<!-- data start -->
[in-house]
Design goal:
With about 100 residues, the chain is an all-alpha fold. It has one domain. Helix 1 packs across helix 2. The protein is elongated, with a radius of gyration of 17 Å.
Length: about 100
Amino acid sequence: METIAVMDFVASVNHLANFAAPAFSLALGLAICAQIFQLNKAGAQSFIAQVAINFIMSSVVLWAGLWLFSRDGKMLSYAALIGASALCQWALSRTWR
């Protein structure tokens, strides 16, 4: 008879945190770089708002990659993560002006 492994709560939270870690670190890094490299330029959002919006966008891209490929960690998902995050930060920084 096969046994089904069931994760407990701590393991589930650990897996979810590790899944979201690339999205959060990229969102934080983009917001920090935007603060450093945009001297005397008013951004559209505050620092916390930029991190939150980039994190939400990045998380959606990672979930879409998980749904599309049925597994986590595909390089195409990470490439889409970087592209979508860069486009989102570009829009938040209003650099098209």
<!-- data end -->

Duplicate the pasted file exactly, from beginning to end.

[in-house]
Design goal:
With about 100 residues, the chain is an all-alpha fold. It has one domain. Helix 1 packs across helix 2. The protein is elongated, with a radius of gyration of 17 Å.
Length: about 100
Amino acid sequence: METIAVMDFVASVNHLANFAAPAFSLALGLAICAQIFQLNKAGAQSFIAQVAINFIMSSVVLWAGLWLFSRDGKMLSYAALIGASALCQWALSRTWR
């Protein structure tokens, strides 16, 4: 008879945190770089708002990659993560002006 492994709560939270870690670190890094490299330029959002919006966008891209490929960690998902995050930060920084 096969046994089904069931994760407990701590393991589930650990897996979810590790899944979201690339999205959060990229969102934080983009917001920090935007603060450093945009001297005397008013951004559209505050620092916390930029991190939150980039994190939400990045998380959606990672979930879409998980749904599309049925597994986590595909390089195409990470490439889409970087592209979508860069486009989102570009829009938040209003650099098209």